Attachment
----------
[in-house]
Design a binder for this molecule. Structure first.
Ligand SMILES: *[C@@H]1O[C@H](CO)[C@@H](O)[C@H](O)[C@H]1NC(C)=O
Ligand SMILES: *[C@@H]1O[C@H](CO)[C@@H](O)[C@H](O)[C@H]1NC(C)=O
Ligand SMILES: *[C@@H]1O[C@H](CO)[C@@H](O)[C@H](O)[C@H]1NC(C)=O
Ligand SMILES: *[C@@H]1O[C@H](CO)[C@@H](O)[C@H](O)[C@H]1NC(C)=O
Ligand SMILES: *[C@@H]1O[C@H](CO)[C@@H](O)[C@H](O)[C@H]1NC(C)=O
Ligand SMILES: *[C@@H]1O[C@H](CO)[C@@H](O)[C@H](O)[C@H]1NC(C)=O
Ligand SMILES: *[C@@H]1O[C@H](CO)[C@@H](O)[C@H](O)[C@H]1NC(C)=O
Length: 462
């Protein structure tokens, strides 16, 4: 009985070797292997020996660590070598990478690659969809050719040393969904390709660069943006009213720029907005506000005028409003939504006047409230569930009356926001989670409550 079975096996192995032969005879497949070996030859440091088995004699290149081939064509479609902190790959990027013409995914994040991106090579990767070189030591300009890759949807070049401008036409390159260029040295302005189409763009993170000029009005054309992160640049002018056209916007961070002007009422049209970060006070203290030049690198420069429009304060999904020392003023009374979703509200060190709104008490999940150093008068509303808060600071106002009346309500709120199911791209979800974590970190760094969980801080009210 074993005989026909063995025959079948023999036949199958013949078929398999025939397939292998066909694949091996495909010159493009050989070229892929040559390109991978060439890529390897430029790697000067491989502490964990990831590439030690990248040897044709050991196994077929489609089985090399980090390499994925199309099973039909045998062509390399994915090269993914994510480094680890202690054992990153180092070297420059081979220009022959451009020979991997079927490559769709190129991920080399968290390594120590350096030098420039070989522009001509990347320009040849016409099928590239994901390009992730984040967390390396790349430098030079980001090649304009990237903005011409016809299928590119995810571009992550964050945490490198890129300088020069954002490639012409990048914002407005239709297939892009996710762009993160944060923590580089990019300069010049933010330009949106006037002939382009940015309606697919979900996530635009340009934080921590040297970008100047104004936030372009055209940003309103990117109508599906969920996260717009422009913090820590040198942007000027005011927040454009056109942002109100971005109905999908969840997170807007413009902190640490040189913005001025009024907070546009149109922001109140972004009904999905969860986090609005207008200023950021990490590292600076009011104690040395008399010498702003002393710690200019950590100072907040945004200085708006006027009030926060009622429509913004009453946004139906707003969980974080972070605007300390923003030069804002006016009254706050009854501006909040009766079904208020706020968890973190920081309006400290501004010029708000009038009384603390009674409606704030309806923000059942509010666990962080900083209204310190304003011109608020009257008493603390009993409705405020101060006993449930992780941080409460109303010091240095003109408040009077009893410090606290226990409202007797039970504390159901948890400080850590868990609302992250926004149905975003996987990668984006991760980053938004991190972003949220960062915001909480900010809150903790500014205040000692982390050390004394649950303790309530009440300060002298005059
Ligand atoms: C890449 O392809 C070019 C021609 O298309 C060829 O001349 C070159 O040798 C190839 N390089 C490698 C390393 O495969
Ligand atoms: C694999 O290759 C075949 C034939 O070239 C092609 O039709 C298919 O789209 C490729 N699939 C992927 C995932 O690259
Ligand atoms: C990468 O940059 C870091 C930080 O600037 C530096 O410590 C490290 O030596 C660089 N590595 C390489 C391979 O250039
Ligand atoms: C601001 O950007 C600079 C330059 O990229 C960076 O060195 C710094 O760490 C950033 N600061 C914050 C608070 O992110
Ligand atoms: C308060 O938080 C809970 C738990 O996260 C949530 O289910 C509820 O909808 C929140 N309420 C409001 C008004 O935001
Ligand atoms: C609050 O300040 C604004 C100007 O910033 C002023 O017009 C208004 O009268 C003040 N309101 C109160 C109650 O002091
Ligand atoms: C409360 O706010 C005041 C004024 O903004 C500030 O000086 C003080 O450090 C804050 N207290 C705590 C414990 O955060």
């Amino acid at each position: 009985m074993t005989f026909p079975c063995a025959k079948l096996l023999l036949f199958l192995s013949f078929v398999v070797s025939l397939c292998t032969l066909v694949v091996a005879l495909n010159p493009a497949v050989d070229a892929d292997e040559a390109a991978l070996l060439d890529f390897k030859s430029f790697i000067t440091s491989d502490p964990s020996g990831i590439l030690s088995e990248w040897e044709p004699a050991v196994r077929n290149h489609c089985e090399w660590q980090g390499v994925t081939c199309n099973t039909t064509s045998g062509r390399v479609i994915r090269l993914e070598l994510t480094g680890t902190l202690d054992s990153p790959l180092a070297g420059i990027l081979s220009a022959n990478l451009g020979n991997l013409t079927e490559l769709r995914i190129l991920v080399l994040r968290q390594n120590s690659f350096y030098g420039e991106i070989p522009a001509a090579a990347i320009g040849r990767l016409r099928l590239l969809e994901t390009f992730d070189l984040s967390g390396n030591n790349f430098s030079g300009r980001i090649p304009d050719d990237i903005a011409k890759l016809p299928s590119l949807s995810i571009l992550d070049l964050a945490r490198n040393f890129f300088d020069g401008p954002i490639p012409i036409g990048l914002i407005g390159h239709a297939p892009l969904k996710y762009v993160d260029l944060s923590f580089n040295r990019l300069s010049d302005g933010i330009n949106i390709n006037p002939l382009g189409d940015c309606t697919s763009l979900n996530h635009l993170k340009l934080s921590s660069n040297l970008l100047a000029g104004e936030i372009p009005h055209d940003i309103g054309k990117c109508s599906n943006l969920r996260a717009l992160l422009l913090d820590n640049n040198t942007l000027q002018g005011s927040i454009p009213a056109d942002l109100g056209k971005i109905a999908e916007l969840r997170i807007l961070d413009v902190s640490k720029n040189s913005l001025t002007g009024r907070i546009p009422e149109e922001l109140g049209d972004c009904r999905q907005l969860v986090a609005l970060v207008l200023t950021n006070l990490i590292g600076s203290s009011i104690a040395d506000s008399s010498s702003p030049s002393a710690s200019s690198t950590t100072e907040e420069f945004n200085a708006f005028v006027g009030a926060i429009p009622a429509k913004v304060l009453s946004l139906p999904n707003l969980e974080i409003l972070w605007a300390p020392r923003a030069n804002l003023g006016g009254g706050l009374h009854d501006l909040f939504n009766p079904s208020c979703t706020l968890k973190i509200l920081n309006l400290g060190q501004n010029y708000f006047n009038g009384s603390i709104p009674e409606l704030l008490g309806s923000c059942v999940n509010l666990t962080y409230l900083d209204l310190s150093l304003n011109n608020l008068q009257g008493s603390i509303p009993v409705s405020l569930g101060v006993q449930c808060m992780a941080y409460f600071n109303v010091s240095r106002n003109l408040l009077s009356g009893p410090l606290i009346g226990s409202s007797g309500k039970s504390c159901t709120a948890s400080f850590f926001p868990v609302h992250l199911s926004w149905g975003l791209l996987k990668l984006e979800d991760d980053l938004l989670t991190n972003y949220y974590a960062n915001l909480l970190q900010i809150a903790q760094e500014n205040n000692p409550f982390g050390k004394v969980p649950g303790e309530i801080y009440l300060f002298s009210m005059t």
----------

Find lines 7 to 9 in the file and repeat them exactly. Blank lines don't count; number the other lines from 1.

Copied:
Ligand SMILES: *[C@@H]1O[C@H](CO)[C@@H](O)[C@H](O)[C@H]1NC(C)=O
Ligand SMILES: *[C@@H]1O[C@H](CO)[C@@H](O)[C@H](O)[C@H]1NC(C)=O
Ligand SMILES: *[C@@H]1O[C@H](CO)[C@@H](O)[C@H](O)[C@H]1NC(C)=O